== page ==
A slow moving book of repressed tension. Toibin seems to truly inhabit and humanize his chosen grand subject of Henry James, while demonstrating the sA slow moving book of repressed tension. Toibin seems to truly inhabit and humanize his chosen grand subject of Henry James, while demonstrating the same restrained respect and tact that James would exhibit himself. I think he did a remarkable job of bringing a difficult and reclusive character to life. There were certainly many moments when I felt that the poor guy was repressed to the point of absurdity, but I enjoyed the author's ability to find a way of balancing and slowly releasing tensions....more
Fun book to give you the ground level view of the application of economics. I felt like it lost some of it's "wow" factor when it got mired in the natFun book to give you the ground level view of the application of economics. I felt like it lost some of it's "wow" factor when it got mired in the nature v. nurture statistics, as well as racial educational statistics. None of that stuff was very thought-provoking (to me), but I did enjoy the sumo wrestler and cheating teacher revelations. ...more
I was a little hesitant to pick up this book, being as that it is classified under self-help/motivational, but I figured that it wouldn't hurt to haveI was a little hesitant to pick up this book, being as that it is classified under self-help/motivational, but I figured that it wouldn't hurt to have a bit of management philosophy reinforcement under my belt. It's funny to think of high power corporate execs reading this book and taking notes about how to be deeper people. But there is indeed quite a bit of food for thought contained in this book, and it is well worth perusing, even if much of its framing must be taken with a grain of salt. Yes, the author seems to be firmly grounded in the 1950s, even as he communicates deeply spiritual and emotional insights. As an example, he feels the need to refer to dealing with other people's feelings as making deposits into their "Emotional Bank Accounts".
I also had to force myself to gloss over overtly Christian propagandizing sections in the book, as well as ignore instigations by the author to write a personal mission statement or a family mission statement (useful exercises, perhaps, but c'mon). I also had to ignore the frequent dated references in the book to the superiority of the Japanese business ethic.
Basically, the author does a great job of stating some deep thoughts about how to be more self-disciplined, principle centered, and motivated to develop, and he does it in an as structured and formal manner as possible to make it palatable to results-oriented businessmen. For those of us who have already spent a good deal of their lives looking within themselves for guidance, it is at the very least a good reminder of where our priorities should lay.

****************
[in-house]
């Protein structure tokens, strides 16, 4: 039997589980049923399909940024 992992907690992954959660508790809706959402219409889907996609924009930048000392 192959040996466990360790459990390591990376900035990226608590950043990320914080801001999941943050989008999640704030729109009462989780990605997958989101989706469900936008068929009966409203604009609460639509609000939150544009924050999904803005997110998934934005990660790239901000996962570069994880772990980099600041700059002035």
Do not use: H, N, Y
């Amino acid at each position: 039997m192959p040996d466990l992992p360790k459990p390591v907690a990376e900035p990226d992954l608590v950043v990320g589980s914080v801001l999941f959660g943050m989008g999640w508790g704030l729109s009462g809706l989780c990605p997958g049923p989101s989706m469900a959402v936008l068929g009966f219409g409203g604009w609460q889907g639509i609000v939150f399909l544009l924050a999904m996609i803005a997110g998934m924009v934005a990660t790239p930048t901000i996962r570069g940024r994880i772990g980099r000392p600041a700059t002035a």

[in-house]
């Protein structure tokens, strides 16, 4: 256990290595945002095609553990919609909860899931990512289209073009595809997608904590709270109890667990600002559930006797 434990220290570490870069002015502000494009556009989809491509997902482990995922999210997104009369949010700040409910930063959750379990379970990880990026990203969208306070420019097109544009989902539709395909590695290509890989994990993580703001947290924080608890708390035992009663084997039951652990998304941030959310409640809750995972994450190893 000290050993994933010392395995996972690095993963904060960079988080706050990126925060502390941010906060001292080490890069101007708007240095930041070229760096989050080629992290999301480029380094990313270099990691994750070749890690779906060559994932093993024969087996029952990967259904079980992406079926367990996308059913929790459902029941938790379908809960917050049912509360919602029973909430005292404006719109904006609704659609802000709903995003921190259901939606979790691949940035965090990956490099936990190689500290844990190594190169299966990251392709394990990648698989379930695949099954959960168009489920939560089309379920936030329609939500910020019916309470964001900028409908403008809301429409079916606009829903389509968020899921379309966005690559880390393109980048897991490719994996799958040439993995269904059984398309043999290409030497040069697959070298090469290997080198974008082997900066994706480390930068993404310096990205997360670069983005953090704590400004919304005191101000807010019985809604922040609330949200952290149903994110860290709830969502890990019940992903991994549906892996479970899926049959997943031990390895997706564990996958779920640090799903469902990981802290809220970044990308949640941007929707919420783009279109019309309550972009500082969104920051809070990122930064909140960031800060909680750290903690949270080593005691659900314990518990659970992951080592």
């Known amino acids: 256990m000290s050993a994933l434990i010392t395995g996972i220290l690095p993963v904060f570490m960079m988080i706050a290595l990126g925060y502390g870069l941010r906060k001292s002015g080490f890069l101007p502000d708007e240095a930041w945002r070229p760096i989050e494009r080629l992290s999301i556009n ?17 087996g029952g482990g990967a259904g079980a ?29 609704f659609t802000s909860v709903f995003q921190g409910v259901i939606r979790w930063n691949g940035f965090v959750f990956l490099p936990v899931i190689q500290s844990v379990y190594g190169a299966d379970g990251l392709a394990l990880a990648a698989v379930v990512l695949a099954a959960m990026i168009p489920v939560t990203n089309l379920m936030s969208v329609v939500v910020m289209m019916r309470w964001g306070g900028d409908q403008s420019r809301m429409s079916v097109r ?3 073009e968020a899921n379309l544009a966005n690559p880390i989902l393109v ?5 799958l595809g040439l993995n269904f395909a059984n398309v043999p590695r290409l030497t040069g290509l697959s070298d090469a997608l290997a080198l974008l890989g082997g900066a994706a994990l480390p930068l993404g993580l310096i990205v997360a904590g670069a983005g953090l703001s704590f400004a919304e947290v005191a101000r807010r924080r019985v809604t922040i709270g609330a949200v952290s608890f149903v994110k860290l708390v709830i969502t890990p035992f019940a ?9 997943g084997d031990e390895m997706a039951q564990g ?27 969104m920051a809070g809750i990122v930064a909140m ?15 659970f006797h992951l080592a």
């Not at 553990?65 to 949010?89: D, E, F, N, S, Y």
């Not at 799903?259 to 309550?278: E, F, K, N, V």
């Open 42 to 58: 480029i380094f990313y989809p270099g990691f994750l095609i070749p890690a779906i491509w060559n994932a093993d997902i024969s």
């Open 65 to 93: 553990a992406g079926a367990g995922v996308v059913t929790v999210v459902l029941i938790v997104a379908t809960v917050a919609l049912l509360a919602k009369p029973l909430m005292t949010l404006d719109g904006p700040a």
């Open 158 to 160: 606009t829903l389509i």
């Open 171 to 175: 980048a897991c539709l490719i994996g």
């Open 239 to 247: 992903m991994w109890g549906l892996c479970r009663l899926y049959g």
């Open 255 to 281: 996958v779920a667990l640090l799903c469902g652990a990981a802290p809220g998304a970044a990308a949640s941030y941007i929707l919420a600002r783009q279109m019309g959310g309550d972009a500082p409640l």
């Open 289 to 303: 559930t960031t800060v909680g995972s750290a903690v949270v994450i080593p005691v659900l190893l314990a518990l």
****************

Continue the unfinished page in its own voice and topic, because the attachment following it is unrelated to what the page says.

I found the book useful personally in that rather than strengthening my resolve to be a mindless cog in the machine of my employer, it actually strengthened my resolve to pay more attention to my own personal values and what gives me joy outside of work, and to begin to seek to transition into a new field of work where I can gain more time to devote to those areas.
There are plenty of "aha!" moments, in addition to a few "ugh" moments. As I said, take it with a grain of salt, and soak up the wisdom that there is to be conveyed by Mr. Covey....more
This was a fun read, and I appreciated the insight into the politics, history, and culture behind different nations' soccer clubs. I didn't find the "This was a fun read, and I appreciated the insight into the politics, history, and culture behind different nations' soccer clubs. I didn't find the "theory of globalization" aspect of the book very well annunciated or explicit, but thinking about it a little more, I think I appreciate that he doesn't streamline his subject matter to make pat points or ideological generalizations. I just liked learning more about my favorite sport. I found the chapter on the "American culture wars" especially enlightening; to be honest, I had no idea that soccer was so reviled by a certain segment of American society. My theory has been that Americans don't like soccer simply because there's no room for commercial breaks! Fun read, well-written, highly recommended for soccer fans....more
I found McPherson's insights, particularly in the first and eighth chapters, relevant and exciting. I felt this book helped me to begin to connect theI found McPherson's insights, particularly in the first and eighth chapters, relevant and exciting. I felt this book helped me to begin to connect the vision of the Founding Fathers to the Civil Rights movement via the shifts that occurred during the Civil War.
That said, this is a compilation of various essays, rather than a unitary book, and I felt like some of the themes that are latent throughout could have better been interwoven otherwise.
"The Civil War taught us that establishing a meaningful definition of national liberty means sacrificing some individuality for the betterment of a collective good. This is a sacrifice that many of us today seem unwilling to make. And it makes one wonder—what will be the next divisive battle that we will need to fight to transform our democratic republic into a nation that will be worthy of our grandchildren?"